It’s groundhog day in the House of Commons today. Another Health Secretary, another Covid announcement and now another scheduled vote on the government’s decision to abandon the Tory commitment to spending 0.7 per cent of gross national income on international aid.
The Leader of the House Jacob Rees-Mogg told MPs this afternoon that there will tomorrow be a three hour debate and a binding vote on a motion about the Treasury’s restrictions on the international aid budget. If the motion is rejected, the previous 0.7 per cent commitment on international aid will be reinstated from January 2022.
It comes after last month’s shenanigans in which the Speaker of the House Lindsay Hoyle thwarted an attempt by rebel Tory MPs to reverse the cuts via a parliamentary amendment to the government’s Advanced Research and Invention Agency Bill. Hoyle ruled the amendment out of scope but said the government must bring a vote on the issue – something Boris Johnson was reportedly (and understandably) keen to avoid.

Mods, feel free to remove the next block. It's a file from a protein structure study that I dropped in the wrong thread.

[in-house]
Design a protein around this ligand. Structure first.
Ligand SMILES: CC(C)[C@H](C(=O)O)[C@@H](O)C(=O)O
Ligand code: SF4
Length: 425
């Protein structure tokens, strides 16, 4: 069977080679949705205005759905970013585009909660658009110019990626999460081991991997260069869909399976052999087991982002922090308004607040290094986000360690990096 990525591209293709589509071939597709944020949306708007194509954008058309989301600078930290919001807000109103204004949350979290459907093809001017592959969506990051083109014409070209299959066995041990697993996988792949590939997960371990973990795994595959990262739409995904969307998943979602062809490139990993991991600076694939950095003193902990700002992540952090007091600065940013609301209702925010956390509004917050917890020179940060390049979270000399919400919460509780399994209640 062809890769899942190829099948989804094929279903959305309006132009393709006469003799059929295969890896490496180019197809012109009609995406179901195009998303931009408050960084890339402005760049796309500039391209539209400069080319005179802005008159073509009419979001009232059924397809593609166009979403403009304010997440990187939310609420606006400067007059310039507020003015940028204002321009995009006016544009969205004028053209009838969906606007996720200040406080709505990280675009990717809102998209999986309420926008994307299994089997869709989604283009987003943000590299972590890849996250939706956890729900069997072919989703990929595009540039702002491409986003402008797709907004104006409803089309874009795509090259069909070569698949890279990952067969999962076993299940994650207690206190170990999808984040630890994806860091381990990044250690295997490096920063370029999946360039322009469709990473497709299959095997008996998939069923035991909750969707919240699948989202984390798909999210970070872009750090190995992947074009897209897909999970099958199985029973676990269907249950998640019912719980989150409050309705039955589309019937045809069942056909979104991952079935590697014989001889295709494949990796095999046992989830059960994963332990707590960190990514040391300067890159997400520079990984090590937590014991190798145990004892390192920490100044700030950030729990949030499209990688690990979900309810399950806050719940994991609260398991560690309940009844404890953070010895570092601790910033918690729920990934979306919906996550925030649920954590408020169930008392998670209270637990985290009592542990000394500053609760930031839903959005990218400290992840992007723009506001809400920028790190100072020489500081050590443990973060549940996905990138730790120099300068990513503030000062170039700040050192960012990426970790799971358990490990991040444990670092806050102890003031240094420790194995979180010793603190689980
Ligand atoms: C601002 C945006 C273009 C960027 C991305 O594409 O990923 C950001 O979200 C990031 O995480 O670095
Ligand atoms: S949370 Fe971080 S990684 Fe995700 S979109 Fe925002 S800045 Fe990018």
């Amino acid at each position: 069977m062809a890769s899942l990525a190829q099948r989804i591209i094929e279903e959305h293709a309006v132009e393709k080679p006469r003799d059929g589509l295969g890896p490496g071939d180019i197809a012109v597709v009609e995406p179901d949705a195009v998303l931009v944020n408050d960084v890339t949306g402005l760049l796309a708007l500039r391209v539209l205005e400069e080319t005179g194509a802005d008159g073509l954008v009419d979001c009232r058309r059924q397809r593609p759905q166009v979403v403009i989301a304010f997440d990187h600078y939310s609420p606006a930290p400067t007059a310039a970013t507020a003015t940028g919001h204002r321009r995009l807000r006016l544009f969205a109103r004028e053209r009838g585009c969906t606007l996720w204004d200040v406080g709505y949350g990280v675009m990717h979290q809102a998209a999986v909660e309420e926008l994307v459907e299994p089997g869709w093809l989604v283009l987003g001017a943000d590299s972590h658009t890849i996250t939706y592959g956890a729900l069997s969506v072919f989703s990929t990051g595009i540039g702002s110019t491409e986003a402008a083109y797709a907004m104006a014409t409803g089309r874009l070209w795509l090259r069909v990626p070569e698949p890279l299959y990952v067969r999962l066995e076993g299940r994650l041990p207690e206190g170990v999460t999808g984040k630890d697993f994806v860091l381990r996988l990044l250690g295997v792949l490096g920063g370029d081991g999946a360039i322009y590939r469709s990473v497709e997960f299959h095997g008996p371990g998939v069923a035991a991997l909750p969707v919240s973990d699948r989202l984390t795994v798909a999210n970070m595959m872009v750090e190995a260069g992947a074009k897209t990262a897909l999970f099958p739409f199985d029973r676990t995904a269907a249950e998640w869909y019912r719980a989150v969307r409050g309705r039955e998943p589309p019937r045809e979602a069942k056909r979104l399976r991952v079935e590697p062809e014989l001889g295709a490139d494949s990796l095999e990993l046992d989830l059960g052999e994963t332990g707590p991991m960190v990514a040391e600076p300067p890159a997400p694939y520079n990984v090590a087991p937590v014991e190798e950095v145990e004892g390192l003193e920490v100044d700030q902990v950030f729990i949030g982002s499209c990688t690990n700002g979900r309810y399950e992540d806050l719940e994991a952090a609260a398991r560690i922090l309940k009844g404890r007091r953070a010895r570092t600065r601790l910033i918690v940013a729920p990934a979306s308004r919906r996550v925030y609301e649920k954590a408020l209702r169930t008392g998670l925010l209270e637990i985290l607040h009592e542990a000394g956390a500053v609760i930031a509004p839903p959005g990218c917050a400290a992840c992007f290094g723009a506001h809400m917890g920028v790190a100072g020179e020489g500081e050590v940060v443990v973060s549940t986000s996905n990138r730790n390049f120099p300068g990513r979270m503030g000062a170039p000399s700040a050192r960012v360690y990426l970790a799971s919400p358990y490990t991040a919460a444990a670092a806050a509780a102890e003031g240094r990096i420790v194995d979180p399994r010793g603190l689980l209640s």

Now though, Rees-Mogg has obliged the three dozen or so Tory rebels itching for another vote on the issue. The motion will be that ‘This House has considered the written ministerial statement relating to the Treasury statement on international aid.’ We got a taste of the forthcoming Treasury arguments from the Old Etonian who told members:
If the motion were to be negative, that would be a significant consequence for our fiscal situation where, I would remind the House, that over £400 billion has had to be spent because of the coronavirus pandemic and yet we remain one of the most generous nations in terms of overseas aid.
With David Davis, Andrew Mitchell and Theresa May among those rebels limbering up to take on the government whips, this one risks being Boris Johnson’s biggest parliamentary threat since the 2019 election.